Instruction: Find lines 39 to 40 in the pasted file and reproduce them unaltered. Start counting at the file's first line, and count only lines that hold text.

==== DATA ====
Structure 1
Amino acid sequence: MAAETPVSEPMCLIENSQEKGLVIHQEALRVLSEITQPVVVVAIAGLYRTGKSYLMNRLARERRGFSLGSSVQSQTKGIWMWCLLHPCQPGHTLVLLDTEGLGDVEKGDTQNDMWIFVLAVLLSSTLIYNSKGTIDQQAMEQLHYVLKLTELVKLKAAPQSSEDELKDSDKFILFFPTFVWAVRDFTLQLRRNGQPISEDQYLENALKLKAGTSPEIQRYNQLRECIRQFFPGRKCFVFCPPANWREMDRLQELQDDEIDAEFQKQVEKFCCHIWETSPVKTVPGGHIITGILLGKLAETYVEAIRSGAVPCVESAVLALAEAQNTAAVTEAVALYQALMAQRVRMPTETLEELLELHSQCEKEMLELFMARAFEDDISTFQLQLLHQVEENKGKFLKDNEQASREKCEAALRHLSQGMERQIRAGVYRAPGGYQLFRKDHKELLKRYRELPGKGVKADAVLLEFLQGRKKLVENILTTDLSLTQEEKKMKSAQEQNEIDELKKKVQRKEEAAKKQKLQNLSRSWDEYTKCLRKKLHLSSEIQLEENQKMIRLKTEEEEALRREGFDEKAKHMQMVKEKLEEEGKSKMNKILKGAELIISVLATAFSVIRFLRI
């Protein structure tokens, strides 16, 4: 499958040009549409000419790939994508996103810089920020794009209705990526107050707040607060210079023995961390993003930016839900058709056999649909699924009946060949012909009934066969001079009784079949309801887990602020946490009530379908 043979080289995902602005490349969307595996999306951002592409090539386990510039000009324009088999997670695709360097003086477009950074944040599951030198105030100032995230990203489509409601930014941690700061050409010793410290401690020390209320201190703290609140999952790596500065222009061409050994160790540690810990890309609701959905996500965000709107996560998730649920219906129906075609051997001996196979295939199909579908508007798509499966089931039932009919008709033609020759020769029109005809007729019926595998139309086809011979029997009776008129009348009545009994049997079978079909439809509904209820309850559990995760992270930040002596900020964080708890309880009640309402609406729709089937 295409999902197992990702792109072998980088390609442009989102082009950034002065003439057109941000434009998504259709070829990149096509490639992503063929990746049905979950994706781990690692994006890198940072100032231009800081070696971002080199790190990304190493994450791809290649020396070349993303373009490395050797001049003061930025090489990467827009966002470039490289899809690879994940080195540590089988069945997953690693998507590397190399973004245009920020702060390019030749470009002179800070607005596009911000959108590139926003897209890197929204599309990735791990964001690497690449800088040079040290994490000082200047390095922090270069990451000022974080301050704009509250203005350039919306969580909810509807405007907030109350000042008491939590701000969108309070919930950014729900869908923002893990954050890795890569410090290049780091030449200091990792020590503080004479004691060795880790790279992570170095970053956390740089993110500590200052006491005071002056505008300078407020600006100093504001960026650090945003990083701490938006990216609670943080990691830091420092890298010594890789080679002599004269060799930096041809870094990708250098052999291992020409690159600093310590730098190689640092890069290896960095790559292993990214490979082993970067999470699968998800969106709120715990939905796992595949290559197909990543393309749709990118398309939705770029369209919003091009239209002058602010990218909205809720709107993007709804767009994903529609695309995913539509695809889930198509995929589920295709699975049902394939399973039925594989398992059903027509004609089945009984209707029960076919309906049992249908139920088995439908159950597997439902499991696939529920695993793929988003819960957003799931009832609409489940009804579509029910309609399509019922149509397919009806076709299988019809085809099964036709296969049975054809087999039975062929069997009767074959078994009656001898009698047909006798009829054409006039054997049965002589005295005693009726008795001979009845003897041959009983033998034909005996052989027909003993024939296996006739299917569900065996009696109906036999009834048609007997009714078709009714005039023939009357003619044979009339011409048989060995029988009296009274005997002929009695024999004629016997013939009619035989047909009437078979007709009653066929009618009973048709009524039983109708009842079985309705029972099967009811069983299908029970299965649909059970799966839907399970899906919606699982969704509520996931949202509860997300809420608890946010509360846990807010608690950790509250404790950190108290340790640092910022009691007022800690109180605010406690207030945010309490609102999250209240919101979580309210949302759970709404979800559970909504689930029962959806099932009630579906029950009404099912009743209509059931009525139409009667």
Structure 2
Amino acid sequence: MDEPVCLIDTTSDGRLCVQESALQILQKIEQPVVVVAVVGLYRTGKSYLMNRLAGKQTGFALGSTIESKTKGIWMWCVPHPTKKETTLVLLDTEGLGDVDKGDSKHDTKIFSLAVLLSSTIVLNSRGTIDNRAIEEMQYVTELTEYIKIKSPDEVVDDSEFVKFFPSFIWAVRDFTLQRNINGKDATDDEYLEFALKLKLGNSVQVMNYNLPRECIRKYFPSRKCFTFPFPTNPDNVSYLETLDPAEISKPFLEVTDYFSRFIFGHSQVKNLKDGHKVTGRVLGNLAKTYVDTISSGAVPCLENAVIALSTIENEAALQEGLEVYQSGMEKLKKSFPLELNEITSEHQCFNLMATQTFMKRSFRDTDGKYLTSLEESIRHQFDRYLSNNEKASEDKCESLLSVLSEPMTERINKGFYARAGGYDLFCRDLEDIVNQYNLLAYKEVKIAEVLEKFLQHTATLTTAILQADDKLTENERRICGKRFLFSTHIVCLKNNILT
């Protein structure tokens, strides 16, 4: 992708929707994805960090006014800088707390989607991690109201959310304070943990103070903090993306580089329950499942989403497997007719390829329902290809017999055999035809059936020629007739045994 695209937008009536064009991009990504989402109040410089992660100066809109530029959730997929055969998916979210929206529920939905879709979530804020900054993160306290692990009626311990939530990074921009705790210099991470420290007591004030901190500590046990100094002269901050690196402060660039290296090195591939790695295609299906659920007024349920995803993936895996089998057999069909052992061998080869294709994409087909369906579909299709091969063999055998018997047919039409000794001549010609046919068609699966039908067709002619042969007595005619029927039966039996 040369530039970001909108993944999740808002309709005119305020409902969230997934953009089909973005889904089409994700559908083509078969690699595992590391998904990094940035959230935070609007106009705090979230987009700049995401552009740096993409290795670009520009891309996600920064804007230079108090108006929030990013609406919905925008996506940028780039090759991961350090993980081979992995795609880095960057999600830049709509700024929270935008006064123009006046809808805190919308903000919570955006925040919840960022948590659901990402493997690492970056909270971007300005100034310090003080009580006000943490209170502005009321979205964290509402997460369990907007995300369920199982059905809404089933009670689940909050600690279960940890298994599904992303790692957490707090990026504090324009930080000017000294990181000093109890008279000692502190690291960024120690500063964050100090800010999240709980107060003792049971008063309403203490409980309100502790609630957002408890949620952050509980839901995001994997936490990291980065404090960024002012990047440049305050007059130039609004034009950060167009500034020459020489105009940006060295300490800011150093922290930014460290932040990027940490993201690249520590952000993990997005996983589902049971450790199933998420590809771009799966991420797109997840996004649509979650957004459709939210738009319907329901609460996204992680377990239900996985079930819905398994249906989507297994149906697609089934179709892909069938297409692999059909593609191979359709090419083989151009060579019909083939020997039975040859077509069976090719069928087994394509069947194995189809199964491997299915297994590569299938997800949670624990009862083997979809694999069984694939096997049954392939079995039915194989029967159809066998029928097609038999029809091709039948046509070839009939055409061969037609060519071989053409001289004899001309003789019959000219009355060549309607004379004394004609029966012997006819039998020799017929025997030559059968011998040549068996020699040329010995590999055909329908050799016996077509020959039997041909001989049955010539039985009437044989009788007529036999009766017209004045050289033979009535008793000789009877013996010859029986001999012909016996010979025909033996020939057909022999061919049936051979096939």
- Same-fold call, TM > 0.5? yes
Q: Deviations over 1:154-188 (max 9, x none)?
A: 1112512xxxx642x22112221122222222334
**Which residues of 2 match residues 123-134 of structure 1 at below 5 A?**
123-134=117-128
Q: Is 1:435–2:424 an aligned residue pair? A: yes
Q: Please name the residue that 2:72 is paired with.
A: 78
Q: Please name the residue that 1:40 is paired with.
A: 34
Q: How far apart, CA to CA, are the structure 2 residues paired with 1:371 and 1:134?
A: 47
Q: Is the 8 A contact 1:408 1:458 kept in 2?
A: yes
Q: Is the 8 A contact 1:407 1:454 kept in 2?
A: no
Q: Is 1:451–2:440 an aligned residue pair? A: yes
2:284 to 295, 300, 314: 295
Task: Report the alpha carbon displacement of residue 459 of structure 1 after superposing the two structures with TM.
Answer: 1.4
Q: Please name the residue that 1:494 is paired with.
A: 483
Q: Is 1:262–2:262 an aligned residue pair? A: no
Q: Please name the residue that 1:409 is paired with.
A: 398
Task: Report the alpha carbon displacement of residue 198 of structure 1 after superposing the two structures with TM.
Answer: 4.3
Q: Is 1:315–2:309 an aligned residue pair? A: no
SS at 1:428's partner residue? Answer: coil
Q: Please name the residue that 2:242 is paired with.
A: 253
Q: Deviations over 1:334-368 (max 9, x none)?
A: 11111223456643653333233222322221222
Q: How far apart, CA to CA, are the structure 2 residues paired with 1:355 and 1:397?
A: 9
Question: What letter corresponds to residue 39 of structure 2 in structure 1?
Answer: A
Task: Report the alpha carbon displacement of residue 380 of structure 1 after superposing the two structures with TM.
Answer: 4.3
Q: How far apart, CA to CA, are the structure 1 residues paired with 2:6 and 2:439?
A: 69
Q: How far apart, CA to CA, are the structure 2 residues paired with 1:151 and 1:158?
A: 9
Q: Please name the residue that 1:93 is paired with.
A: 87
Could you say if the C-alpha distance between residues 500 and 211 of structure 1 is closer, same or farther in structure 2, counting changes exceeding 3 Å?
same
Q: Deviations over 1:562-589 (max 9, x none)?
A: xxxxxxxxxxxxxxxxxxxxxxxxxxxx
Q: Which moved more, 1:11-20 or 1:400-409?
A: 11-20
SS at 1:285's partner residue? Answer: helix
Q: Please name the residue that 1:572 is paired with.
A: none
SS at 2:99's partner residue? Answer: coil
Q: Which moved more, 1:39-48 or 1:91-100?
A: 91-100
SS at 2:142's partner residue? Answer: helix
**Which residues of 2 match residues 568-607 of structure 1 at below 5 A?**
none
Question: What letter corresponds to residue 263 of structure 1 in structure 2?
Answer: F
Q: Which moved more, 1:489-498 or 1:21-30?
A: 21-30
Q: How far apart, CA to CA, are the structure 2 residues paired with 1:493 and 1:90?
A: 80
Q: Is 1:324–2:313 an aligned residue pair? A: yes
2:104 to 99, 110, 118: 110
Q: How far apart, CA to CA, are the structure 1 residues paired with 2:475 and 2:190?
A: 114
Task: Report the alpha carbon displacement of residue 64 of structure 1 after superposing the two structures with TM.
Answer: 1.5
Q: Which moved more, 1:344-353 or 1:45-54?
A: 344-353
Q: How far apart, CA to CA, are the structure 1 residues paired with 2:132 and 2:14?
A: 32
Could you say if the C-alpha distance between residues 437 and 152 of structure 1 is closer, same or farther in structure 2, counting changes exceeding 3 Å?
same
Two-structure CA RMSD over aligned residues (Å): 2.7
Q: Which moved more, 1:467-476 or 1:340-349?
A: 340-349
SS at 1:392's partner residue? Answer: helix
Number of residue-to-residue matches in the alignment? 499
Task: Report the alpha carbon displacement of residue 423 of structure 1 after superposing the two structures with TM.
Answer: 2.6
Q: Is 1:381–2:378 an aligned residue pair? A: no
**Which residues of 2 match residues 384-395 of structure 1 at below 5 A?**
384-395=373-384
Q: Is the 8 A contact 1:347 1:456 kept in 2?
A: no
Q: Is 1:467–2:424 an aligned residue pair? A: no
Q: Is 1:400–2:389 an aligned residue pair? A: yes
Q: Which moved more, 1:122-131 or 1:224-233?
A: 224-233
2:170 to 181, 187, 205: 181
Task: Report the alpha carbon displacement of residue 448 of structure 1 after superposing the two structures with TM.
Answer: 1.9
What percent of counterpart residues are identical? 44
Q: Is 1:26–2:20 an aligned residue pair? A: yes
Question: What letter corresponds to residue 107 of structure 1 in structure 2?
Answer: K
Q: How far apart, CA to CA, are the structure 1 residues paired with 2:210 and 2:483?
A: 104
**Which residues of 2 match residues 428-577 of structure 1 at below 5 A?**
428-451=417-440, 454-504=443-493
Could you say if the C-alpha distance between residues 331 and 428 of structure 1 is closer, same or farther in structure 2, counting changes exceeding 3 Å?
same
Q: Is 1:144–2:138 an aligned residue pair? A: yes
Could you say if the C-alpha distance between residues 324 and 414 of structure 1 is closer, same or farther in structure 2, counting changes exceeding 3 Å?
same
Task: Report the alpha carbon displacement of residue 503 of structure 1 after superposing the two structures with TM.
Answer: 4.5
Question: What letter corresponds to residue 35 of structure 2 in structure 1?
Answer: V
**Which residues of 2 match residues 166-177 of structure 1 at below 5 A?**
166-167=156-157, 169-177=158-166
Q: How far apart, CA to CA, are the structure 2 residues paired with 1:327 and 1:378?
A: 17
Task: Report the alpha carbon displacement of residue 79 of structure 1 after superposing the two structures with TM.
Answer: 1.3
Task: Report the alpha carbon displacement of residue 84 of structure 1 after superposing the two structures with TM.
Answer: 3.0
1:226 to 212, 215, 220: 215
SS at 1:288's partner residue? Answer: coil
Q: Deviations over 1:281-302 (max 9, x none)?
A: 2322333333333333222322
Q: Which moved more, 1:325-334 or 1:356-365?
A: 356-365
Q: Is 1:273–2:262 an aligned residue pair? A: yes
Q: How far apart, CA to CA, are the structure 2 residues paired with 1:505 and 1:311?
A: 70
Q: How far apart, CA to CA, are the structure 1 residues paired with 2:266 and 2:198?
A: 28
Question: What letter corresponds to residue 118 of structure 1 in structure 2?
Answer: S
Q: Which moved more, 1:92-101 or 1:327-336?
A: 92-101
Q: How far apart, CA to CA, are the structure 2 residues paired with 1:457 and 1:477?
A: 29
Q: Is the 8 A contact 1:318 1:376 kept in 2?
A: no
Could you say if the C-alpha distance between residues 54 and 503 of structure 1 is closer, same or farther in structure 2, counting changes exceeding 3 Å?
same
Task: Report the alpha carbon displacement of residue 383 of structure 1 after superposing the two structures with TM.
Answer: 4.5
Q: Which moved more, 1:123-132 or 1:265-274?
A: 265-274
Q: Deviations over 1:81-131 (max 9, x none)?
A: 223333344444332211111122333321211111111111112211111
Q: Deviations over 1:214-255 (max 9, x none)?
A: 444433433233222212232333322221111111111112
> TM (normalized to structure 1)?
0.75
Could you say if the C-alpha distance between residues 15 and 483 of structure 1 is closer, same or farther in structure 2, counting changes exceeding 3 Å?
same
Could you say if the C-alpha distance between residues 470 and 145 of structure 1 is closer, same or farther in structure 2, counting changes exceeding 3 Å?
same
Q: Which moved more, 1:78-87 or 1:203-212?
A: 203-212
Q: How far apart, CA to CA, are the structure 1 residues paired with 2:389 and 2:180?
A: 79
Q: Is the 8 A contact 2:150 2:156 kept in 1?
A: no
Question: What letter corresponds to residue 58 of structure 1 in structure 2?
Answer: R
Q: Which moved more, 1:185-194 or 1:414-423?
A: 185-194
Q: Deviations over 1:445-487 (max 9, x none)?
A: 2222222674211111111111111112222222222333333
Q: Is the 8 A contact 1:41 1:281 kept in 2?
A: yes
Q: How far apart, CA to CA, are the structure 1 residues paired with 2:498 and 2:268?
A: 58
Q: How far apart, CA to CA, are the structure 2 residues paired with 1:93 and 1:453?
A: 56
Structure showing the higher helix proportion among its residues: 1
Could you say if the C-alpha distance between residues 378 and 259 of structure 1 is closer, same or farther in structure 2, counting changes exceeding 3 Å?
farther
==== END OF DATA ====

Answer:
A: 11111223456643653333233222322221222
Q: How far apart, CA to CA, are the structure 2 residues paired with 1:355 and 1:397?